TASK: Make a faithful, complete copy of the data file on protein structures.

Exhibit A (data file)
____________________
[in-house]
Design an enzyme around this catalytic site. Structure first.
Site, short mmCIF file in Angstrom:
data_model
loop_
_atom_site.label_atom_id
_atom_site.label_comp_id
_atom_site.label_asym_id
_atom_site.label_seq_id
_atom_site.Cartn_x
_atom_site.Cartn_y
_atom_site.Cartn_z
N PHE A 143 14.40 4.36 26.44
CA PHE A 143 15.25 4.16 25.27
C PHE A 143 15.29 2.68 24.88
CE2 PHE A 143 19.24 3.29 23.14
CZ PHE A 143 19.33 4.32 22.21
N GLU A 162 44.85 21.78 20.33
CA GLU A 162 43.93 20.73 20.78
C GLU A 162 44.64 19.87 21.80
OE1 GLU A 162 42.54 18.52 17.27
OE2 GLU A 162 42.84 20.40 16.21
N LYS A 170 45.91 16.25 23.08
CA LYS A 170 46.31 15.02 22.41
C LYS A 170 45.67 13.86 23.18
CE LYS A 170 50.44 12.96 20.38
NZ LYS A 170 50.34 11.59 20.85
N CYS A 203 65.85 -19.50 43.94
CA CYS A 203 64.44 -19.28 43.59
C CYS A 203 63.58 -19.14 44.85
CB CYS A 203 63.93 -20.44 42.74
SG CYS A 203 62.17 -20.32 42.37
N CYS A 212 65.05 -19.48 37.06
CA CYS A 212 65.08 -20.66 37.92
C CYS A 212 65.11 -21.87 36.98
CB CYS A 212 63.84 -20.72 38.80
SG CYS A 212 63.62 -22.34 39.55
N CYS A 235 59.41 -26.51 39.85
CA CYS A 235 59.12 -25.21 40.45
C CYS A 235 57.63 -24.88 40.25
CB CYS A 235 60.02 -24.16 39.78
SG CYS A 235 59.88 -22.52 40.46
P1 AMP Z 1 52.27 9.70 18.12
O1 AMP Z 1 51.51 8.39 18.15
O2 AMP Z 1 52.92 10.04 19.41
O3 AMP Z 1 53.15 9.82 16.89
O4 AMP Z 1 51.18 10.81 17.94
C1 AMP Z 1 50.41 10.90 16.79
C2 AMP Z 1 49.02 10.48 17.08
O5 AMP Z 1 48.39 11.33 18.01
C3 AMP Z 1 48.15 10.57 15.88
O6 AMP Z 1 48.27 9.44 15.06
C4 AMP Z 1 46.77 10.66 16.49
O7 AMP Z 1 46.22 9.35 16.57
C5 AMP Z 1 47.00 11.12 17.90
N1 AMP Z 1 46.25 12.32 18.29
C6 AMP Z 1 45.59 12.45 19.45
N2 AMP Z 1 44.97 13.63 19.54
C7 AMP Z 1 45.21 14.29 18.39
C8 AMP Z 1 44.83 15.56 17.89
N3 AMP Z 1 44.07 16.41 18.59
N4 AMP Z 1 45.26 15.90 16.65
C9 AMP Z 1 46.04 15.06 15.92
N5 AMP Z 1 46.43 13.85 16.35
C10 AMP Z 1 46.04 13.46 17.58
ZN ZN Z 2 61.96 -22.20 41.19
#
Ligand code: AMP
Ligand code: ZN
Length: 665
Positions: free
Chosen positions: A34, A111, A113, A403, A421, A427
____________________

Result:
[in-house]
Design an enzyme around this catalytic site. Structure first.
Site, short mmCIF file in Angstrom:
data_model
loop_
_atom_site.label_atom_id
_atom_site.label_comp_id
_atom_site.label_asym_id
_atom_site.label_seq_id
_atom_site.Cartn_x
_atom_site.Cartn_y
_atom_site.Cartn_z
N PHE A 143 14.40 4.36 26.44
CA PHE A 143 15.25 4.16 25.27
C PHE A 143 15.29 2.68 24.88
CE2 PHE A 143 19.24 3.29 23.14
CZ PHE A 143 19.33 4.32 22.21
N GLU A 162 44.85 21.78 20.33
CA GLU A 162 43.93 20.73 20.78
C GLU A 162 44.64 19.87 21.80
OE1 GLU A 162 42.54 18.52 17.27
OE2 GLU A 162 42.84 20.40 16.21
N LYS A 170 45.91 16.25 23.08
CA LYS A 170 46.31 15.02 22.41
C LYS A 170 45.67 13.86 23.18
CE LYS A 170 50.44 12.96 20.38
NZ LYS A 170 50.34 11.59 20.85
N CYS A 203 65.85 -19.50 43.94
CA CYS A 203 64.44 -19.28 43.59
C CYS A 203 63.58 -19.14 44.85
CB CYS A 203 63.93 -20.44 42.74
SG CYS A 203 62.17 -20.32 42.37
N CYS A 212 65.05 -19.48 37.06
CA CYS A 212 65.08 -20.66 37.92
C CYS A 212 65.11 -21.87 36.98
CB CYS A 212 63.84 -20.72 38.80
SG CYS A 212 63.62 -22.34 39.55
N CYS A 235 59.41 -26.51 39.85
CA CYS A 235 59.12 -25.21 40.45
C CYS A 235 57.63 -24.88 40.25
CB CYS A 235 60.02 -24.16 39.78
SG CYS A 235 59.88 -22.52 40.46
P1 AMP Z 1 52.27 9.70 18.12
O1 AMP Z 1 51.51 8.39 18.15
O2 AMP Z 1 52.92 10.04 19.41
O3 AMP Z 1 53.15 9.82 16.89
O4 AMP Z 1 51.18 10.81 17.94
C1 AMP Z 1 50.41 10.90 16.79
C2 AMP Z 1 49.02 10.48 17.08
O5 AMP Z 1 48.39 11.33 18.01
C3 AMP Z 1 48.15 10.57 15.88
O6 AMP Z 1 48.27 9.44 15.06
C4 AMP Z 1 46.77 10.66 16.49
O7 AMP Z 1 46.22 9.35 16.57
C5 AMP Z 1 47.00 11.12 17.90
N1 AMP Z 1 46.25 12.32 18.29
C6 AMP Z 1 45.59 12.45 19.45
N2 AMP Z 1 44.97 13.63 19.54
C7 AMP Z 1 45.21 14.29 18.39
C8 AMP Z 1 44.83 15.56 17.89
N3 AMP Z 1 44.07 16.41 18.59
N4 AMP Z 1 45.26 15.90 16.65
C9 AMP Z 1 46.04 15.06 15.92
N5 AMP Z 1 46.43 13.85 16.35
C10 AMP Z 1 46.04 13.46 17.58
ZN ZN Z 2 61.96 -22.20 41.19
#
Ligand code: AMP
Ligand code: ZN
Length: 665
Positions: free
Chosen positions: A34, A111, A113, A403, A421, A427